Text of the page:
You Need To Have An Opinion on Nicki Minaj’s New Song

The rapper says it's not a single, but a conversation…

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by Sophie Wilkinson |
Published on

Nicki Minaj's new song, video and artwork for the track *Lookin' Ass N******has caused a massive stir since it’s release, er, eight hours ago. So much so that you're going to need an opinion on it. Here's the need to know so you can figure out where you stand:

1. The song

Littered with n-words, the track is a three-minute long slanging match where Nicki tears apart the sorts of men who she doesn't deem good enough for her. She told one US radio show that the song is meant to empower women because too many songs attack them.

So who are these men she slags off? The men who share bottles of champagne at the club because they can't afford their own bottle each, men who run credit card scams, men who pretend they can smoke, men who say they're moguls but they're not. She had told Her delivery throws back to when she was doing guest spots for Kanye West and Trey Songz, and is a lot edgier than what you'd expect from an American Idol judge. As NecoleBitchie.com put it, 'for all those fans waiting for Nicki to put her "pop" sound in the backseat, this is the track you've been waiting for. She got bars!'

2. That line

You'll hear much about Nicki saying 'I'm raping you ass n*****', possibly before you hear the actual song – it’s already proving to be the most controversial song lyric of 2015. RapGenius argues that this is a euphemism; her flow's so good she's got sexual power over her male competitors. 'Many male artists have said similar lines without receiving any flack. She clearly does not mean rape in a literal sense, but is using it as an analogy (similar to how MC’s claim they kill their competition).'

But then again, others are questioning whether she really had to use the word 'rape' in such an insincere context? As Jezebel puts it: 'You know what I’d love? For MCs to stop acting like they shouldn’t be held accountable for their metaphors because their word play isn’t literal.... A woman saying, “I’m raping you” isn't good, responsible or even remotely entertaining — and it's in a crappy song, to boot.'

3. The video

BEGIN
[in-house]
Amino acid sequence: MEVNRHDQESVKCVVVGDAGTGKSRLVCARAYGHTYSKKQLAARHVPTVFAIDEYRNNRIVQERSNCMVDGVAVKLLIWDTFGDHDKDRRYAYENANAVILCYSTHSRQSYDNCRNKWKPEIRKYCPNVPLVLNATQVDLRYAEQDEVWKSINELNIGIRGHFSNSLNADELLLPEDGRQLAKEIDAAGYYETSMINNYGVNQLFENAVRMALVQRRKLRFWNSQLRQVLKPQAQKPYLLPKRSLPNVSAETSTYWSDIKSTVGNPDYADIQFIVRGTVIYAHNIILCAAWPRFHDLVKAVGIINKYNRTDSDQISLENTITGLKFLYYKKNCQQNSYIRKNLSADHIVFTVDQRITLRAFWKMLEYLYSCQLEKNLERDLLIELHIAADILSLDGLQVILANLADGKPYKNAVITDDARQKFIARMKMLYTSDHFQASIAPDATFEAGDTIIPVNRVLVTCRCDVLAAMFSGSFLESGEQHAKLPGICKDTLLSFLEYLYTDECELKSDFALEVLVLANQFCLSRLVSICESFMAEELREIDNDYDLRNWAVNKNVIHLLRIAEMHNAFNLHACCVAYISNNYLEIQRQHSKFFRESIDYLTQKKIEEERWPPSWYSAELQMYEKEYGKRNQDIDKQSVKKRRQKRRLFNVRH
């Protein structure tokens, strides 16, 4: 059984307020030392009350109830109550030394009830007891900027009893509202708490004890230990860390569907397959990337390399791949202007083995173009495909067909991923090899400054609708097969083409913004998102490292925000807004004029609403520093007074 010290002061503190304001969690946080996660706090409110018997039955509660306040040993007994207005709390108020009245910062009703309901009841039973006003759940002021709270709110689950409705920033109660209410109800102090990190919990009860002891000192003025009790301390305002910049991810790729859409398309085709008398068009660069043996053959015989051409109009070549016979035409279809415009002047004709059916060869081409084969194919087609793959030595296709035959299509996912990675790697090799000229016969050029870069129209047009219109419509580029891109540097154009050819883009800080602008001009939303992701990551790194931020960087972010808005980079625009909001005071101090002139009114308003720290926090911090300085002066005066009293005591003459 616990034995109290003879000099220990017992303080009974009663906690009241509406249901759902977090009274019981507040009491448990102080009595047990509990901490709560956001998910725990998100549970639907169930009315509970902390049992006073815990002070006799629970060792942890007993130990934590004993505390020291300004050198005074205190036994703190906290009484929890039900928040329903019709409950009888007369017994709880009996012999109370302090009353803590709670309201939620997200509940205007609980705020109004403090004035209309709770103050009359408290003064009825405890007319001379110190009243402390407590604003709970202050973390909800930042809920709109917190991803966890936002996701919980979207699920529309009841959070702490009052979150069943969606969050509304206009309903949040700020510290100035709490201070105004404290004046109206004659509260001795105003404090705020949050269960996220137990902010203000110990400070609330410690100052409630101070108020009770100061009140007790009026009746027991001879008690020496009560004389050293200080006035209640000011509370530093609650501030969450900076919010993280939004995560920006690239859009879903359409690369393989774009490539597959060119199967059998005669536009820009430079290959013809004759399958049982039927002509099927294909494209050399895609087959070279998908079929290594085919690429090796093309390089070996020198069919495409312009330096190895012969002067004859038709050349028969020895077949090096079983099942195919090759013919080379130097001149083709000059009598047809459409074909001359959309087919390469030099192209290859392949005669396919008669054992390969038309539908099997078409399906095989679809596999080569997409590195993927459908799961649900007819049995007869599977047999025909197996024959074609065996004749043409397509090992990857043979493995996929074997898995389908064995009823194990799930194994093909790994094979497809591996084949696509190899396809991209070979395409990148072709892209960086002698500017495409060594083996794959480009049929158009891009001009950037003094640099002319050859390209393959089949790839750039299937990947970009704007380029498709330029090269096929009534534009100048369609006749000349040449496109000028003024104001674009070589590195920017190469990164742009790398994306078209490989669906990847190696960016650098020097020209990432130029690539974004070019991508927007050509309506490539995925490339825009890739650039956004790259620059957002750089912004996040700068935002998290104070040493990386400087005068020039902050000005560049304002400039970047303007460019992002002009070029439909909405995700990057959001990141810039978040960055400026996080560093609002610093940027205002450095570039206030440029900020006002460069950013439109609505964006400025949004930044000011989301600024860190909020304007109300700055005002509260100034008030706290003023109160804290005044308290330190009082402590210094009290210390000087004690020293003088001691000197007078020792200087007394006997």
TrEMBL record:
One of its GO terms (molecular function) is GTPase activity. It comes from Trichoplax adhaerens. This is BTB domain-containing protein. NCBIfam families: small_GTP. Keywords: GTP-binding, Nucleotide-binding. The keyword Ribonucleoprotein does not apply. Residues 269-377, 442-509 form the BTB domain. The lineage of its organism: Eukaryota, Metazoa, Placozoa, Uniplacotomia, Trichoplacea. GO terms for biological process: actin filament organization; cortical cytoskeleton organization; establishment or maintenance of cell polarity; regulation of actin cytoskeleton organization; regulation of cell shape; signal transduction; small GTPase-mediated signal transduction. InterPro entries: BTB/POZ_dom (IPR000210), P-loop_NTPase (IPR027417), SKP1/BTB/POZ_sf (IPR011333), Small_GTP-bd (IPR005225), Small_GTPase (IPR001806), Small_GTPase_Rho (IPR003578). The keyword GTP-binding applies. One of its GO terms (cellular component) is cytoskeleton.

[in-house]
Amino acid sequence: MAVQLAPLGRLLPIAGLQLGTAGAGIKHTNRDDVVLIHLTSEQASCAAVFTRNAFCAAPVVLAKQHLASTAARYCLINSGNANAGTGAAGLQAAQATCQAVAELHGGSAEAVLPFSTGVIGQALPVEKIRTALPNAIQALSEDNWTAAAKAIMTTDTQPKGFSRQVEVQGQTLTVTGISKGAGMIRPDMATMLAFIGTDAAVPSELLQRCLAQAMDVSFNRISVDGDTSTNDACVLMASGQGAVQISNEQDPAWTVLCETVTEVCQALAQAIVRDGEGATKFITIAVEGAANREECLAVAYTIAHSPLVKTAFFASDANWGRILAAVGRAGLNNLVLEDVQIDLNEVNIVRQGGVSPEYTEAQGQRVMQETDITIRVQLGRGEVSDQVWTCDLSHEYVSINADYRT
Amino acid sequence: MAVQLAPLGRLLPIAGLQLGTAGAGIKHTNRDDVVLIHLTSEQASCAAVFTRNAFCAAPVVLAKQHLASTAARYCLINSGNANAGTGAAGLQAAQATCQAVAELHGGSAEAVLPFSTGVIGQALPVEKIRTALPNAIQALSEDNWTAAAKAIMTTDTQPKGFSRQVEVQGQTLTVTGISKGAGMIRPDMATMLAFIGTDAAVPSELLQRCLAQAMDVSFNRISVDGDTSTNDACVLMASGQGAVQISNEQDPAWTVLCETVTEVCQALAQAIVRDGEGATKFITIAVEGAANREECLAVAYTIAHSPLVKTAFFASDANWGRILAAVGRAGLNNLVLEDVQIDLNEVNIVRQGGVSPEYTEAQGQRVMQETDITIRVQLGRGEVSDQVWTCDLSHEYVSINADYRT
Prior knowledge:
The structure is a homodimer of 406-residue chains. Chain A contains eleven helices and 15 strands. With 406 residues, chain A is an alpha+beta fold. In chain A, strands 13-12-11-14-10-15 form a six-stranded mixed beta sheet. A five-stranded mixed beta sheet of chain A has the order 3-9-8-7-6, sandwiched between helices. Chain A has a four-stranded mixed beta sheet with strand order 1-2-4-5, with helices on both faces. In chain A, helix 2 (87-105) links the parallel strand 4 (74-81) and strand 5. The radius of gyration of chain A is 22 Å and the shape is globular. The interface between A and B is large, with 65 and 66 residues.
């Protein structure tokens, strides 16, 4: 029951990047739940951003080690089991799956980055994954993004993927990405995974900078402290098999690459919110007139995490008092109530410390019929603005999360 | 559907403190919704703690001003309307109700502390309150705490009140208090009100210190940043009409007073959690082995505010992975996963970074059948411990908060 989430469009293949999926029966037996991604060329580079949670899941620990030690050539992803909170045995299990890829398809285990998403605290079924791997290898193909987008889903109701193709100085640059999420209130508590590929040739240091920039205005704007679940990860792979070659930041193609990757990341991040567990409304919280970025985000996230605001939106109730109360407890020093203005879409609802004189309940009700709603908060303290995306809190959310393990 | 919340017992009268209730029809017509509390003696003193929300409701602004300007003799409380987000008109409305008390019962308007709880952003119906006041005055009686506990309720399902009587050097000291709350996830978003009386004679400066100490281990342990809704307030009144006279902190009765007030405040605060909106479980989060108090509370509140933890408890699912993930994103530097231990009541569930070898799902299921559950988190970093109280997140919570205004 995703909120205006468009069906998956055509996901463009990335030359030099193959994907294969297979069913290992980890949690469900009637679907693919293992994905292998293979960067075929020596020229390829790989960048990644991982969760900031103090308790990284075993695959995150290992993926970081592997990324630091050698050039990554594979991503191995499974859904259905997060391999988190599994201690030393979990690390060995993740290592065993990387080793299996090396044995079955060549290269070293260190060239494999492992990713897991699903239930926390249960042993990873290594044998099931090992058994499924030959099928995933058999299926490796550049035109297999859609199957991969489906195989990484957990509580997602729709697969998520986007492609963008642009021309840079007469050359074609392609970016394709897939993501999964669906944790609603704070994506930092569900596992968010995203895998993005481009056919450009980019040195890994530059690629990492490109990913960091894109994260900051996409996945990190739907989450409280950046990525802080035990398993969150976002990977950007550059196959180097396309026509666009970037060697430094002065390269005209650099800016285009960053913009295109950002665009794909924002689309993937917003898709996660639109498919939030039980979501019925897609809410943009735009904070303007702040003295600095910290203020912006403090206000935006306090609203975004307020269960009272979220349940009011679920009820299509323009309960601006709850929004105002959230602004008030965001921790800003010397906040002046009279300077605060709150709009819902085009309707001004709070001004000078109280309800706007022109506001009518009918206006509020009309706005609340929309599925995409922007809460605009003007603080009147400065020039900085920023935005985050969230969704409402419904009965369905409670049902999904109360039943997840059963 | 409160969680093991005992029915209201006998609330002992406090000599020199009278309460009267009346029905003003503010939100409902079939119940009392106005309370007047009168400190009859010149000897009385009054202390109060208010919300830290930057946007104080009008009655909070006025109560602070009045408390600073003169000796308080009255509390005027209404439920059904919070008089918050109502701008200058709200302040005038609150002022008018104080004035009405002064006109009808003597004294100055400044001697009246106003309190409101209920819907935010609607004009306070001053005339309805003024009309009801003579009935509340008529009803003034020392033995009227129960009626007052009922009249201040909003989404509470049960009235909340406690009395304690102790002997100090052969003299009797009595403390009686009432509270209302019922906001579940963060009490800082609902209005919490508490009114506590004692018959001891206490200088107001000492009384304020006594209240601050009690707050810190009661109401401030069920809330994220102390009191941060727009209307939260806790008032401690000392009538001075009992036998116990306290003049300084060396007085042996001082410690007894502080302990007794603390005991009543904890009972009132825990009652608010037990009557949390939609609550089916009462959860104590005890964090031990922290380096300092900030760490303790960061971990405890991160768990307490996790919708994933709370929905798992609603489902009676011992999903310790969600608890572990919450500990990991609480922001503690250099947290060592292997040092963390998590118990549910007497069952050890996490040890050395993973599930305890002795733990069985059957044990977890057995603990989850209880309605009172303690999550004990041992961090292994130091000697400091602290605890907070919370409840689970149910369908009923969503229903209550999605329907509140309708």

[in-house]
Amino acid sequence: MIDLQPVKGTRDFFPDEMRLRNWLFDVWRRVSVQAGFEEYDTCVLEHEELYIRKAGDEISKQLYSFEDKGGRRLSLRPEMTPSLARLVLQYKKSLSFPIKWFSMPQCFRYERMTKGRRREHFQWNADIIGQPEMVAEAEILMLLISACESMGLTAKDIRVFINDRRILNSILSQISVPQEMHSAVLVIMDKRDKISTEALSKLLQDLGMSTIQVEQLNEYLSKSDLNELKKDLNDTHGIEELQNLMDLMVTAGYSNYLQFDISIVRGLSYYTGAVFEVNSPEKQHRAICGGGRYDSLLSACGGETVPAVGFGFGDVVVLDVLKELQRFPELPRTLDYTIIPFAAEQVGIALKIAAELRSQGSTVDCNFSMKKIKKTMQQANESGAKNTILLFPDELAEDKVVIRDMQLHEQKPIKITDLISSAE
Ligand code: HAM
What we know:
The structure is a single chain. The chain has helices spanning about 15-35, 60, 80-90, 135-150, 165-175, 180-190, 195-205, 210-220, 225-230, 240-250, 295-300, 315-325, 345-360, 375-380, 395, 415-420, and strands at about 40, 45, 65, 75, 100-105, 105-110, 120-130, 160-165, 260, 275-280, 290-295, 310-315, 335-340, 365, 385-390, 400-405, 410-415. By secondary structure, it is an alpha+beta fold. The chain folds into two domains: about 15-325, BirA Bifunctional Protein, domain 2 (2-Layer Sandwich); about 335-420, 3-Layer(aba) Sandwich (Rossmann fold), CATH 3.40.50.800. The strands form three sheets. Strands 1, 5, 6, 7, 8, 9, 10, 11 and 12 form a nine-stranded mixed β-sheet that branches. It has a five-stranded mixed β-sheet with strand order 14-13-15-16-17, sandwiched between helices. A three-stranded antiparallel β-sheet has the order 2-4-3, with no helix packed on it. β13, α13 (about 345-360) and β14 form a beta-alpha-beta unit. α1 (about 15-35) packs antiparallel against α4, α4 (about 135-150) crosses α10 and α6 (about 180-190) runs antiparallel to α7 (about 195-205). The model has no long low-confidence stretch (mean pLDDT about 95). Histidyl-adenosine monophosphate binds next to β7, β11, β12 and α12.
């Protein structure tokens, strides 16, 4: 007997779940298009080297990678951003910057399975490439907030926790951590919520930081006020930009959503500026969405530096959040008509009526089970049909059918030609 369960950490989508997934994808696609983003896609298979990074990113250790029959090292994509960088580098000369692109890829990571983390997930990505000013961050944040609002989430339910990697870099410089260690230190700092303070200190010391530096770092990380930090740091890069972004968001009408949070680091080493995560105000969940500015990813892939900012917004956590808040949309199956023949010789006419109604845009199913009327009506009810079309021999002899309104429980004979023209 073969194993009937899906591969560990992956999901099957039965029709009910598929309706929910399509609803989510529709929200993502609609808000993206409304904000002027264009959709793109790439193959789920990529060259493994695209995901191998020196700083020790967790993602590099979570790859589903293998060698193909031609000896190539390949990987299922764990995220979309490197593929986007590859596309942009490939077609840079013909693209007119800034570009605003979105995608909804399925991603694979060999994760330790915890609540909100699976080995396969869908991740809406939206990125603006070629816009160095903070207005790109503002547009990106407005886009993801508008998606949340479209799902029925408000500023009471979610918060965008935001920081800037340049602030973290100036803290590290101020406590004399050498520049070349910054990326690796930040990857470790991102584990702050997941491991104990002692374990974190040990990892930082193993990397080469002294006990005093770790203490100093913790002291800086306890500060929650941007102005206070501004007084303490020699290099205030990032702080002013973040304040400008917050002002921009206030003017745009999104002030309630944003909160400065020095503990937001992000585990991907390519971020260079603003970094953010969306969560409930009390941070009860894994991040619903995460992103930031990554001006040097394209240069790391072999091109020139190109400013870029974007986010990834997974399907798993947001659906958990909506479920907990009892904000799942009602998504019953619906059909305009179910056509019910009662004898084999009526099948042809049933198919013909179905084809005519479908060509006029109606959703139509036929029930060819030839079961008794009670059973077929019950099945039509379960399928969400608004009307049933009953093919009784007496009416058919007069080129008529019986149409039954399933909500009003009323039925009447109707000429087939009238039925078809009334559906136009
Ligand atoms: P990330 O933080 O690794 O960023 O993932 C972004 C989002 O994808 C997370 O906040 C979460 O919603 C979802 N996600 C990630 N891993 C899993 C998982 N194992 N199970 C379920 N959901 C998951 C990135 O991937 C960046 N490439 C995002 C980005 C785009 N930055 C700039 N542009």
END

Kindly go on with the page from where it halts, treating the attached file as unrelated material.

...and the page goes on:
Directed by Nabil, who's also the man behind some videos of the Arctic Monkeys, Foals, Frank Ocean, James Blake, Bruno Mars and, um, Bon Iver, the video sees Nicki Minaj in a desert on a chair. Dripping in high-end fashion (see below), she is seen in the reflection of a terrified man's eyes. He's the Lookin' Ass N****, we guess. After a while, she gets grumpier and starts shooting her massive semi-automatic guns his way. You never see him get shot, but there is a bit in slow motion where you see all the right parts of Nicki's body jiggle as the gun goes off.

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4. The clothes

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The fashion credits are as follows: 'Dress – Mark Fast, Shoes – Versace, Jewellery – Roberto Cavalli and Jacket – Moschino, Belt – Balmain Paris, Boots – Louboutin, Gold Medallion – Versace and Haas Brothers, Bracelet – Celine, Rings – Roberto Cavalli and La Ruicci BodySuit by Luxe & Le’Bra with additional jewelry by M&J Savitt.' This is all according to fashion Tumblr KarlIsMyUnkle.com. PHEW!

5. The artwork

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Since removed, the artwork has caused perhaps the most furore. Just like other rappers before her, Nicki featured a famous photo of civil rights leader Malcolm X holding a gun at his home, protecting his family after he was attacked with firebombs. However, she's also put the title of the song on top of the artwork, and yep, that includes the n-word.

However, Nicki has been at pains to say that the n**** is meant to be the person Malcolm is looking at, not Malcolm himself . 'He has this big gun ready to shoot at a looking' n****, and that's how I looked at it,' she wrote on Instagram. 'I looked at it as this is one of the most memorable people in our history, in black history, who voiced his opinion no matter what, and I understand how my intent was overlooked and I definitely didn't want to offend his family or his legacy.'

And besides, she says: 'That was never the official artwork nor is this an official single. This is a conversation. Not a single.' The song is actually going to be released on her label Young Money's compilation album. However, a petition has been set up on Change.org to get Nicki to change the artwork and it's already got 2,200 signatures.

6. The publicity stunt?

By releasing a song about sexual politics in the same week as Valentine's Day – and using imagery of a civil rights leader to sell a song with the n-word in its title during Black History Month – should we just leave it by saying that Nicki Minaj has got her publicity stunt game all wrapped up? Think so.

Follow Sophie on Twitter @sophwilkinson

This article originally appeared on The Debrief.

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